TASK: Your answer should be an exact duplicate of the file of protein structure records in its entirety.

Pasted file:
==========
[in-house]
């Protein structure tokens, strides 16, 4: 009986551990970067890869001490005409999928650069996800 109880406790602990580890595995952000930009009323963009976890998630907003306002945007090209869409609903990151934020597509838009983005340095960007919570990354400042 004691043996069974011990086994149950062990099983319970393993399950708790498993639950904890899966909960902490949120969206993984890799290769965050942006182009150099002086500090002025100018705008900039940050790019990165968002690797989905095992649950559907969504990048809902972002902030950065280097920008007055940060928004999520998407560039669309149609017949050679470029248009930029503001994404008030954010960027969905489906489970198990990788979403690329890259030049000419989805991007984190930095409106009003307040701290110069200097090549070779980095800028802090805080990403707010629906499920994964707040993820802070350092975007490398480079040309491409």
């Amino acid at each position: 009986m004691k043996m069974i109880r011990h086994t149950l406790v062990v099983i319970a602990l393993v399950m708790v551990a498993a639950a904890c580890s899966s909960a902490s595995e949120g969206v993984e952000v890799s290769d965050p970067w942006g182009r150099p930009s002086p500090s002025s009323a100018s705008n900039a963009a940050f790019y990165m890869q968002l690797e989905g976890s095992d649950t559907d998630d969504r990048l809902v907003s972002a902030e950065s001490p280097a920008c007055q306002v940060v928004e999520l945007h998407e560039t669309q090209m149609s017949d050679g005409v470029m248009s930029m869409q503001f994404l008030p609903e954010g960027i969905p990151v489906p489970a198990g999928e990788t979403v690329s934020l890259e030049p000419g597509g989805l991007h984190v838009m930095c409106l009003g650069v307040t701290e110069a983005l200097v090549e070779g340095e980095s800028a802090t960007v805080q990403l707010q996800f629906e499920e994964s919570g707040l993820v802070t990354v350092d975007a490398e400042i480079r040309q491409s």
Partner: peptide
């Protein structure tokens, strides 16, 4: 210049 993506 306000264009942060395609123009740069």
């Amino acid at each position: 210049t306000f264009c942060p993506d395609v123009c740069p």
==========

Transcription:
[in-house]
């Protein structure tokens, strides 16, 4: 009986551990970067890869001490005409999928650069996800 109880406790602990580890595995952000930009009323963009976890998630907003306002945007090209869409609903990151934020597509838009983005340095960007919570990354400042 004691043996069974011990086994149950062990099983319970393993399950708790498993639950904890899966909960902490949120969206993984890799290769965050942006182009150099002086500090002025100018705008900039940050790019990165968002690797989905095992649950559907969504990048809902972002902030950065280097920008007055940060928004999520998407560039669309149609017949050679470029248009930029503001994404008030954010960027969905489906489970198990990788979403690329890259030049000419989805991007984190930095409106009003307040701290110069200097090549070779980095800028802090805080990403707010629906499920994964707040993820802070350092975007490398480079040309491409």
């Amino acid at each position: 009986m004691k043996m069974i109880r011990h086994t149950l406790v062990v099983i319970a602990l393993v399950m708790v551990a498993a639950a904890c580890s899966s909960a902490s595995e949120g969206v993984e952000v890799s290769d965050p970067w942006g182009r150099p930009s002086p500090s002025s009323a100018s705008n900039a963009a940050f790019y990165m890869q968002l690797e989905g976890s095992d649950t559907d998630d969504r990048l809902v907003s972002a902030e950065s001490p280097a920008c007055q306002v940060v928004e999520l945007h998407e560039t669309q090209m149609s017949d050679g005409v470029m248009s930029m869409q503001f994404l008030p609903e954010g960027i969905p990151v489906p489970a198990g999928e990788t979403v690329s934020l890259e030049p000419g597509g989805l991007h984190v838009m930095c409106l009003g650069v307040t701290e110069a983005l200097v090549e070779g340095e980095s800028a802090t960007v805080q990403l707010q996800f629906e499920e994964s919570g707040l993820v802070t990354v350092d975007a490398e400042i480079r040309q491409s």
Partner: peptide
């Protein structure tokens, strides 16, 4: 210049 993506 306000264009942060395609123009740069």
């Amino acid at each position: 210049t306000f264009c942060p993506d395609v123009c740069p």